Puppets of populism – a note… with the pleasing pictures of Walton Ford, which are not intended as in any way illustrative

– Walton Ford, here

What do they believe that they can act the way that they do? I would not ask about the motivation of the action. I would ask what they have to believe about themselves in order to act, to make the actor, in the broadest sense. Fine to say ‘a cog in the machine,’ but reductive, since the actor is also a machine, even as it or he or she plays a part. Even as it or he or she plays a part both part and the performance of it are brought together in the action. A subject and subjects are produced. An object and objects are produced. And there in the exchange of objects and subjects, at the moment of the contagion and of their mutual interpenetration, both action and interaction are confused, subjects objectivised, objects subjectivated. That is, the actor combines, in the best alchemical sense, elements.

– Walton Ford, here

So it is with politicians. But with politicians the press have given up questioning or describing the dramaturgy, let alone identifying the elements of a production, in an action. What am I saying? The press have long ago given up doing the same for theatre: critique is generally missing. And a knowingness is brought to bear on film critique that tends to hide the object, being, in this case, the action. To clarify: the subject of the spectator produced in the reviewer or critic by the film – and TV show – gets in the way of a critique, in that part of the object of the film – or TV show – is also to confuse object and subject in an action. David Byrne sings it like this, I can’t see, cos my head’s in the way.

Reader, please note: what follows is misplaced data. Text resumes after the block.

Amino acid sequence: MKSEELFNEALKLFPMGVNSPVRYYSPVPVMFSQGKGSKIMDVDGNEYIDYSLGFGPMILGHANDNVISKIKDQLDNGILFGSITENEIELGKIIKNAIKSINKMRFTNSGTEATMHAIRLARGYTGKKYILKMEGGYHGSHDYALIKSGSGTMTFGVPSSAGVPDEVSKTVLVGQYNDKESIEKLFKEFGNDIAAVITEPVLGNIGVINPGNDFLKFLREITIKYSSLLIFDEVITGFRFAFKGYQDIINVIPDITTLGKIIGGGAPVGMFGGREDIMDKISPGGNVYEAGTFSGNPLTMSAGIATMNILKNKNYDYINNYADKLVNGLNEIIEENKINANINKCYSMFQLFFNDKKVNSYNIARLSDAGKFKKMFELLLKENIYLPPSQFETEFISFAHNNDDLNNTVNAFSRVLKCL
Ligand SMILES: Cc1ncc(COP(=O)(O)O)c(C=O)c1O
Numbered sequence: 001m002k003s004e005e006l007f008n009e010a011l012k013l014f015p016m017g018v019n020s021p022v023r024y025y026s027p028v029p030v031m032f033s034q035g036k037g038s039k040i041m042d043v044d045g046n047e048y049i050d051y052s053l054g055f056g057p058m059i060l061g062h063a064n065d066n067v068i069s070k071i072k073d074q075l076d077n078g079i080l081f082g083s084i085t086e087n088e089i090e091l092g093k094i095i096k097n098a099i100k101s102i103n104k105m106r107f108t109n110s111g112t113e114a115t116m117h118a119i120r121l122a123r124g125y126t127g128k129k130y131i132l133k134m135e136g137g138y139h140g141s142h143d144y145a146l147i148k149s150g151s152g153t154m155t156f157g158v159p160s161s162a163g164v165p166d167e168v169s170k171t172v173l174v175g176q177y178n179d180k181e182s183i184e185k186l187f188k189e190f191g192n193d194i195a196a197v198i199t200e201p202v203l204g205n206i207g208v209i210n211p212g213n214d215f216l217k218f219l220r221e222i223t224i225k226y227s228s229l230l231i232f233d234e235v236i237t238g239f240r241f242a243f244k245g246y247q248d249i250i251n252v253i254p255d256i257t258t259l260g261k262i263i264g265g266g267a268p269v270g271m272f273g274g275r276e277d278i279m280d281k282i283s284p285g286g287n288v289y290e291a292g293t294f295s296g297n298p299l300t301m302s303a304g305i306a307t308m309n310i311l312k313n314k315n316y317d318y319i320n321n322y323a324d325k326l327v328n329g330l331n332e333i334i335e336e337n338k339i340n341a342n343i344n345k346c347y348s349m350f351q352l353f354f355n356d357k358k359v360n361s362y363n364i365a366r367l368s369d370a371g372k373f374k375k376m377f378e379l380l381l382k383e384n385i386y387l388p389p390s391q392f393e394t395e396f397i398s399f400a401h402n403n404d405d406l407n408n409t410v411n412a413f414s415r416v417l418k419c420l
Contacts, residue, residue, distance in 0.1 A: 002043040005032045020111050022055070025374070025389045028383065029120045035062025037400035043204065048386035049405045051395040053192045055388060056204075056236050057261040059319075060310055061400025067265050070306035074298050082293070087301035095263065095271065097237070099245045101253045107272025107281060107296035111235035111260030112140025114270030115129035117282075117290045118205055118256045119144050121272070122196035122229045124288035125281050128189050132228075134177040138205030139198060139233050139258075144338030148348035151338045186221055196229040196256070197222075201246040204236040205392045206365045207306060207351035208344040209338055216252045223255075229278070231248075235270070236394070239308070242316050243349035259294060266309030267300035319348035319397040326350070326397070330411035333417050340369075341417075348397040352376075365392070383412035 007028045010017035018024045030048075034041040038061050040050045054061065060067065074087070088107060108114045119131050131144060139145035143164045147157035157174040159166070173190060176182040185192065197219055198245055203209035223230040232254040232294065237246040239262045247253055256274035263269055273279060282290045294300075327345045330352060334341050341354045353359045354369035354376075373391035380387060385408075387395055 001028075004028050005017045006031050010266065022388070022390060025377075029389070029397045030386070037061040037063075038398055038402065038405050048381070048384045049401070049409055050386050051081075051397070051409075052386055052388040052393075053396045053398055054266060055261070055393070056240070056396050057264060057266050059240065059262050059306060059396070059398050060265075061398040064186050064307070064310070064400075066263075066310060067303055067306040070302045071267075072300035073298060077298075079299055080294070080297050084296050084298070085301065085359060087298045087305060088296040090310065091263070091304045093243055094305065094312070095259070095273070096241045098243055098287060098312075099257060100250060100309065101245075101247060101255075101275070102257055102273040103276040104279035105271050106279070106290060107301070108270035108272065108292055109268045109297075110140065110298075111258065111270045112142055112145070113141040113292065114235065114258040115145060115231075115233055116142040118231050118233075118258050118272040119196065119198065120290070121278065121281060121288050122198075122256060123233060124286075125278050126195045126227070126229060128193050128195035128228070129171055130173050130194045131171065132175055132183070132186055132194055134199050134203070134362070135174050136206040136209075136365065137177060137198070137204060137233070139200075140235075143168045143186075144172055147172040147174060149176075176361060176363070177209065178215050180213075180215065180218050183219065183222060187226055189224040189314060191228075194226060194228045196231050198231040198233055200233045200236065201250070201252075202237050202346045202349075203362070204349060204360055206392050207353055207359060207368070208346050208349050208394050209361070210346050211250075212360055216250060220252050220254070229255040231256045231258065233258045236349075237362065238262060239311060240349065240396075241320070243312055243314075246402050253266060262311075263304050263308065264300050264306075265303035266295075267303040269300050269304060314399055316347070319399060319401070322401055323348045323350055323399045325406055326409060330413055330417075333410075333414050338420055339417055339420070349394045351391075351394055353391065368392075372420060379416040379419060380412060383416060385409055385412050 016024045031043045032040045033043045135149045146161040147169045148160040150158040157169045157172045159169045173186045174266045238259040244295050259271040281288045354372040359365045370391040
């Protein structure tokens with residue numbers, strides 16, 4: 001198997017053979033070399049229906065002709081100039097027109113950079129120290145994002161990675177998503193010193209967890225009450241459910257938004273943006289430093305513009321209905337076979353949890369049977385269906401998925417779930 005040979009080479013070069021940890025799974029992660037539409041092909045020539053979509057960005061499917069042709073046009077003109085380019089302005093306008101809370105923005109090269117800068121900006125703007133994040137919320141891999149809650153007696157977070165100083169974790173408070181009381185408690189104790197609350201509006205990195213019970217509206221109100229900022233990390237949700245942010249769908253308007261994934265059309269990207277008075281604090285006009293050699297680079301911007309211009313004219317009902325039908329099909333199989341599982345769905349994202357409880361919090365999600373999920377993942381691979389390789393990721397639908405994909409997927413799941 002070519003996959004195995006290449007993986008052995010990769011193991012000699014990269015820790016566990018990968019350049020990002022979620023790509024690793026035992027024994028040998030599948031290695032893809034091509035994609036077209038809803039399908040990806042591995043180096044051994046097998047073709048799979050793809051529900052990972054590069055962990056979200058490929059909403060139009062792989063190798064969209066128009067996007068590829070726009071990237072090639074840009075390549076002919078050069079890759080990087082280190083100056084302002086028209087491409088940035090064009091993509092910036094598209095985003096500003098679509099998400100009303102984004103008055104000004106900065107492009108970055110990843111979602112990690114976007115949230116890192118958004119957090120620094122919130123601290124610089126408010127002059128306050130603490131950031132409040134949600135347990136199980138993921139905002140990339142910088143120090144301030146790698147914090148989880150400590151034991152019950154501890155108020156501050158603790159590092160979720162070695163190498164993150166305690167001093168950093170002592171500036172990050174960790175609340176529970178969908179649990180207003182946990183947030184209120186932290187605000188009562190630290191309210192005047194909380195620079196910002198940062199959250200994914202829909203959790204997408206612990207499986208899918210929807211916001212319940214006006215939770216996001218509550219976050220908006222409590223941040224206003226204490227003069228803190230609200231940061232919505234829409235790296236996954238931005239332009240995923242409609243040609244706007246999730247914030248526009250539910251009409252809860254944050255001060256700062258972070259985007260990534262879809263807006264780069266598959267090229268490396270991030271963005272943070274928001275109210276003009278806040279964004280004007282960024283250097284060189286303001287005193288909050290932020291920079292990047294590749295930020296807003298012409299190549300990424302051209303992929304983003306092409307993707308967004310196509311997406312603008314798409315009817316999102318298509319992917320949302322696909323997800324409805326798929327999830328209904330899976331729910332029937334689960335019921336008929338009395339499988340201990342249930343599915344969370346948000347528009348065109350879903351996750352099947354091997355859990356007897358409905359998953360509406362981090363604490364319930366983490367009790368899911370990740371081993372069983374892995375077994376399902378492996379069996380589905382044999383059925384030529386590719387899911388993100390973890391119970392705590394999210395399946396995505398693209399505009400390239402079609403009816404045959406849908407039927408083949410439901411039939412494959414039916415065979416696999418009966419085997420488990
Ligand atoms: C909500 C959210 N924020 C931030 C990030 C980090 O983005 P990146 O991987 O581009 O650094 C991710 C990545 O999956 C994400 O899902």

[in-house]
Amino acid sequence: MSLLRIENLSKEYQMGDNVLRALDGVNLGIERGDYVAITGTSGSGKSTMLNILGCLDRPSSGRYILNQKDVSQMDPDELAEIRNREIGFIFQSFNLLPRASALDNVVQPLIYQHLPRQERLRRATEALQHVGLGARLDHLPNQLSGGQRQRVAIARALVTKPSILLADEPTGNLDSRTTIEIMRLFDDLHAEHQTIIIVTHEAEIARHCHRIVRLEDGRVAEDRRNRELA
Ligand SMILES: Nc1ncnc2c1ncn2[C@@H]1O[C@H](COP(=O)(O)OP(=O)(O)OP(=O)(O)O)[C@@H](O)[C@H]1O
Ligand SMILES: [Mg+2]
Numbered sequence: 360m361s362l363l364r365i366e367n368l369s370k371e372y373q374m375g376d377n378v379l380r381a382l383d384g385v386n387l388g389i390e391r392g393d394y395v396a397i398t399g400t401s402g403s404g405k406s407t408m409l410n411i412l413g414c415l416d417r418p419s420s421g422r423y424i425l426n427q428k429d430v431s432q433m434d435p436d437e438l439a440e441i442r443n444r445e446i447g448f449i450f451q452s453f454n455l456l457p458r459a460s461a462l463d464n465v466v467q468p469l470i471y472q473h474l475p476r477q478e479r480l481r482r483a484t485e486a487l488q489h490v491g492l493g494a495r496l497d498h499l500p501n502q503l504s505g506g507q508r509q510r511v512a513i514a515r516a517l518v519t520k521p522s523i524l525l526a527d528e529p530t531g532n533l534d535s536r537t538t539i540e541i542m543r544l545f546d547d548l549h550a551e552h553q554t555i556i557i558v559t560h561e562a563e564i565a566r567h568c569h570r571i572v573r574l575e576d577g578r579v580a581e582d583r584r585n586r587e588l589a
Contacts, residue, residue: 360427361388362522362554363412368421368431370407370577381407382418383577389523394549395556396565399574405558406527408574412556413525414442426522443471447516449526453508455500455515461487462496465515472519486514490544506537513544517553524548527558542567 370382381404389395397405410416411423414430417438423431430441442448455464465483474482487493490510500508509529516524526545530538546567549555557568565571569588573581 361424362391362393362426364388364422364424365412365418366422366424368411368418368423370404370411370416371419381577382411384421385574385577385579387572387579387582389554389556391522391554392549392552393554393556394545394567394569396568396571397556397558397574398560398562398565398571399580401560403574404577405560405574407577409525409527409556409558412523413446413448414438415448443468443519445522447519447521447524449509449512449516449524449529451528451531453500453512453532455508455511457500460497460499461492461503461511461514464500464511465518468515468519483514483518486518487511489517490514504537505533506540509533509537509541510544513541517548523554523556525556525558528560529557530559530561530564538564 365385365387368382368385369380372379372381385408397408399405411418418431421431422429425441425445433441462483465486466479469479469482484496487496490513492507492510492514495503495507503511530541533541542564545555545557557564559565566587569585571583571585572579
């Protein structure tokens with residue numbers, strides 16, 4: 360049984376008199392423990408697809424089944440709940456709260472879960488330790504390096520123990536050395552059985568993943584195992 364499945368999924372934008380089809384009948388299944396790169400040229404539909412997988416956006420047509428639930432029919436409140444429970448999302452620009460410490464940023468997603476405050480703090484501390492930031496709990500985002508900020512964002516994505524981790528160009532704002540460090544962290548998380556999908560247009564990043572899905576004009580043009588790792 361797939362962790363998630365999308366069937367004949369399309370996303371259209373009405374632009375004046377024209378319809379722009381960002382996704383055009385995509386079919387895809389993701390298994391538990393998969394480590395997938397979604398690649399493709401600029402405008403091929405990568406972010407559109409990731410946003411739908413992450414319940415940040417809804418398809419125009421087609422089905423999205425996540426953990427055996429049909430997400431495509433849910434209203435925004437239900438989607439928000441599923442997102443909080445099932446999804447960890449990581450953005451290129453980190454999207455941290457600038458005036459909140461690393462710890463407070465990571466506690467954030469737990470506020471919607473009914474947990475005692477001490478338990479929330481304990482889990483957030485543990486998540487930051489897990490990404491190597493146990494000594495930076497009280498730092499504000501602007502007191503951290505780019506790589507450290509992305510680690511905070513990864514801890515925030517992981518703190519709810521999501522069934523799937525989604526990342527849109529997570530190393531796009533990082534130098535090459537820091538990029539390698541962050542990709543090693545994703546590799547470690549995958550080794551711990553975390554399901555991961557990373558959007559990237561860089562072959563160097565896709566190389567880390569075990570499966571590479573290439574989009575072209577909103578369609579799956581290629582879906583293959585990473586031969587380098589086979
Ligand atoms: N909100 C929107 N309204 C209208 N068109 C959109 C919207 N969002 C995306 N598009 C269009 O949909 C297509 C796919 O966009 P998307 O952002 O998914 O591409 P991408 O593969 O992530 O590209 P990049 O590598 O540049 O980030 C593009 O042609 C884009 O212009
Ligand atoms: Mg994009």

– Walton Ford, here

So it is with politicians in the era of the popular press. They dematerialise into the media at the same time as the media pretend to the function of a critical press. There is an internalisation, a metabolism of populisms. The Rt. Hon. John Key’s putative populism is metabolised critically in the populism of the media in general. This is not the old-fashioned ‘feeding on itself’ of the media; or that phenomenon whereby the saying of a thing made it so, like the Führer’s repetition’s compulsion to generate in the populace compulsion: repeat the lie often enough and they will eventually believe it. No. The fact of popular media, the populism of a medium like Twitter – which in the aforesaid way may be seen to be cannibalistic, or self-insistent – is a mirror for the Prime Minister’s populism on the same surface. There are no second or third degrees here. There is in fact a sense in which representation has been surpassed in the immediate effectuation of the image, where effect equals affect. Given the immediacy of ‘as it happens,’ a Prime Minister flourishing in a medium which imbues him with its magical powers, what parts are installed, swapped, lost, broken, repaired or replaced where there is no interaction? The action lies elsewhere than in the interaction between the Rt. Hon. John Key and the popular press where these parts will be put into play. Hence the question: Who do they think they are? These politicians. And: Who are they to think they are? How are they able to act? Since the power of puppetry and the puppetry of power have become unequal.

– Walton Ford, here